The District-based affiliate of CareFirst BlueCross BlueShield, already facing legislation that could force it to spend far more on community needs, now risks losing a million-dollar tax benefit it enjoys because of its nonprofit status.
The administration of Mayor Anthony A. Williams (D) is moving to revoke the tax break even as the D.C. Council considers a bill that could subject the health insurer's reserves to outside control. The two proposals, debated during a hearing that stretched almost seven hours yesterday, reflect dissatisfaction over a company that Congress chartered in 1939 as a "charitable and benevolent institution" -- but one that critics in and out of government say acts more like a private, for-profit entity.
They argue that Group Hospitalization and Medical Services Inc. must be forced to demonstrate a greater public commitment. The company, CareFirst's largest and most valuable affiliate, has been in the spotlight since the D.C. Appleseed Center for Law and Justice concluded in December that it shirked its mission and legal obligation by directing less than $1.5 million to community activities despite reserves of a half-billion dollars.
The company and its board vehemently disagree with that contention, maintaining that their first and only legal responsibility is to 1.24 million subscribers in the District, Northern Virginia and the Maryland suburbs. Any measure dictating otherwise would not just be "unwarranted and unnecessary," CareFirst BlueCross BlueShield President and Chief Executive William L. Jews said yesterday, but "an unprecedented intrusion of government into the affairs of a private entity."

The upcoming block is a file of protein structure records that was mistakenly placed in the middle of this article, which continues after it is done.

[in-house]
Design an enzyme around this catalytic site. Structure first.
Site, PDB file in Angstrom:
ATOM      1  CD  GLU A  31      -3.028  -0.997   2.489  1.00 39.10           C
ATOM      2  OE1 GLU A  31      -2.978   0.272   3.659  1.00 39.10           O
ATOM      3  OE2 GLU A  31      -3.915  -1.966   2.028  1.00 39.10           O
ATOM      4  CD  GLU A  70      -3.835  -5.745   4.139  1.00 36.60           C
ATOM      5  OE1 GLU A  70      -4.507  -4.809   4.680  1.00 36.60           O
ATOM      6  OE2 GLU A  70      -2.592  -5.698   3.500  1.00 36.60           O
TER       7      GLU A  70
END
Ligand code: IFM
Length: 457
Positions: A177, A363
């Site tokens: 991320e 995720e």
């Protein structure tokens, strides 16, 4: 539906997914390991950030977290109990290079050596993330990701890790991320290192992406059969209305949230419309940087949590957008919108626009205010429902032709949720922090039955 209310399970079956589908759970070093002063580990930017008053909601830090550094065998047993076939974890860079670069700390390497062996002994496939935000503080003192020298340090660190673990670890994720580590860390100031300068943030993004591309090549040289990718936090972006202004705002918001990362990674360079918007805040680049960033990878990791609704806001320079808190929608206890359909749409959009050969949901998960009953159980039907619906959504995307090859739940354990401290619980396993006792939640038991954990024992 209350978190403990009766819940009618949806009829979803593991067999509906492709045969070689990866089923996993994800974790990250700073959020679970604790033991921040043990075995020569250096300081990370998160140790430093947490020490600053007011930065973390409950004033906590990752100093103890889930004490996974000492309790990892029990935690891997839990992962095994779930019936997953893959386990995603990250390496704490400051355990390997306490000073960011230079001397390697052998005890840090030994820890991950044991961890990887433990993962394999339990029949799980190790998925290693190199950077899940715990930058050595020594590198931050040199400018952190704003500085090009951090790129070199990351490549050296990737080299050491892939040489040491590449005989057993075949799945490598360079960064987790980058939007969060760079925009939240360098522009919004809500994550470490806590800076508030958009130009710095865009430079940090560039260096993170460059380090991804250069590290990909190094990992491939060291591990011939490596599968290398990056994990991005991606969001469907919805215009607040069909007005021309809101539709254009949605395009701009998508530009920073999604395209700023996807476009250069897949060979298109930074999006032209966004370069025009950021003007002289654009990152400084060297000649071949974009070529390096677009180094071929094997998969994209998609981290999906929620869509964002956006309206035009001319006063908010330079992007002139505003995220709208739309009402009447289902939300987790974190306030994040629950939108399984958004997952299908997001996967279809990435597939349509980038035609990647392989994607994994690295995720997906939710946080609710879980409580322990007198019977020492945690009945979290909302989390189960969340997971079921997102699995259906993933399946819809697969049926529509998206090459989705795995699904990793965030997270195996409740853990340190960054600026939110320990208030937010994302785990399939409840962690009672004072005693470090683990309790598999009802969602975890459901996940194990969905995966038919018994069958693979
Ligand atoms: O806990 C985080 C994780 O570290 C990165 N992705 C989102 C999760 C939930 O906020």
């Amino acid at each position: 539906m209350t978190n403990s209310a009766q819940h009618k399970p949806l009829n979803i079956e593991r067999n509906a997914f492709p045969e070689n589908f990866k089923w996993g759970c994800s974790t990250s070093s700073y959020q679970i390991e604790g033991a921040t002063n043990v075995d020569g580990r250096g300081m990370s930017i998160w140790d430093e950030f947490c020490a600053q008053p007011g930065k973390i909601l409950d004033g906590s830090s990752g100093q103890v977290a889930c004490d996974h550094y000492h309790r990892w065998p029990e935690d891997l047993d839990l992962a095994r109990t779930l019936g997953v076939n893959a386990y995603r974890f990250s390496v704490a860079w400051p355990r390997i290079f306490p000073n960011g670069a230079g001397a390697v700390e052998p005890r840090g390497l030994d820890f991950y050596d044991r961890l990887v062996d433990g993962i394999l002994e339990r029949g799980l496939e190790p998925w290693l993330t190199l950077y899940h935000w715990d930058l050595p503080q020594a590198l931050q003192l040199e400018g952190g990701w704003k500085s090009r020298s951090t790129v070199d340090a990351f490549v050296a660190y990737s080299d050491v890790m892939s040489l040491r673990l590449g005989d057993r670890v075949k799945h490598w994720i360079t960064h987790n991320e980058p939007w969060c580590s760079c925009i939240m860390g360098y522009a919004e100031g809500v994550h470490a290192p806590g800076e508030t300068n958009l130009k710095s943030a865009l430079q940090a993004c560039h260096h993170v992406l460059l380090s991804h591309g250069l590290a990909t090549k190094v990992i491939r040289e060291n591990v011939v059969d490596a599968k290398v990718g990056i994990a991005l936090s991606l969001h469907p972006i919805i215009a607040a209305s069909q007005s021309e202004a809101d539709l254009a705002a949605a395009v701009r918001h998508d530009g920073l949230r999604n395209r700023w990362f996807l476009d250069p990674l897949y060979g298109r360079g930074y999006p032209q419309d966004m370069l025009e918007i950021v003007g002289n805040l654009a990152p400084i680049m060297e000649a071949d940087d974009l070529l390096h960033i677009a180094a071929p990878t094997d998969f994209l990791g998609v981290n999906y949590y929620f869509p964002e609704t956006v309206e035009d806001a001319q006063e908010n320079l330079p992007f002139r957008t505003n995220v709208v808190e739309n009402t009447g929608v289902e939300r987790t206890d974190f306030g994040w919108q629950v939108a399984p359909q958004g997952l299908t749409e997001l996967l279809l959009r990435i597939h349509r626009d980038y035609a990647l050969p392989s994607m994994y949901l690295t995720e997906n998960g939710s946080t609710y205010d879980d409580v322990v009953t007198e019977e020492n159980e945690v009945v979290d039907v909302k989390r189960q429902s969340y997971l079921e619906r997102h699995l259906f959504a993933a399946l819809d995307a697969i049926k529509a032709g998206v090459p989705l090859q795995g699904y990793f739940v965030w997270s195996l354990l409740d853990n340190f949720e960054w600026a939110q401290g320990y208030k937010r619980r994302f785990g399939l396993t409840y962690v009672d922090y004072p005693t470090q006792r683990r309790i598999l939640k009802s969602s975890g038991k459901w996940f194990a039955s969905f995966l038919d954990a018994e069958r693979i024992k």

"These reserves are held in trust for the benefit of our subscribers," he said during testimony. "They do not belong to the District of Columbia or anyone else."
Especially flagrant, Jews and several trustees indicated, would be the bill introduced by council member Jim Graham (D-Ward 1) that would require the mayor's office to review the company's reserves annually. If the reserves were deemed "unreasonably large," the insurer would be ordered "to submit a plan of distribution within 60 days" that would benefit subscribers or public health services. Failure to do so would allow the mayor to prepare a plan that the company would be compelled to implement, according to the legislation.
While Williams views the bill as "an important step in the right direction," senior policy adviser Gina Lagomarsino announced that he will push to make the affiliate pay the same 1.7 percent tax on gross premiums as the city's other health insurers.
Since the late 1990s, the nonprofit provider's tax has been 1 percent, with the money going into a special fund to help residents with preexisting medical conditions that put standard coverage out of reach. But the fund has fallen short year after year, with millions of dollars put aside and only a fraction spent. As of 2004, fewer than 300 people were enrolled. "It seems to have not been very useful," Lagomarsino said.
Williams would use this revenue -- about $5 million a year at the higher tax rate -- to expand health care options for low- and moderate-income residents who lack insurance, she explained.
Graham made clear his disgust at the fund's failure, urging Jews and the trustees appearing before his Consumer and Regulatory Affairs Committee to total the CareFirst affiliate's savings under the tax break and give that amount to the city. "I sincerely believe you should return this money," Graham said repeatedly.
Scrutiny of the District-based insurer could intensify. A representative of the city attorney general's office told the committee yesterday that it was supporting legislation that would grant the attorney general power to subpoena documents and witnesses to determine whether the company is fulfilling its nonprofit purpose.
CareFirst officials reported last month to the D.C. insurance commissioner that the affiliate would contribute $8.7 million to community and charitable endeavors in 2005. Its newest initiative is a three-year program to increase cervical cancer screenings among Vietnamese women in the Washington region. The program, funded by a $585,000 grant, will begin in Northern Virginia.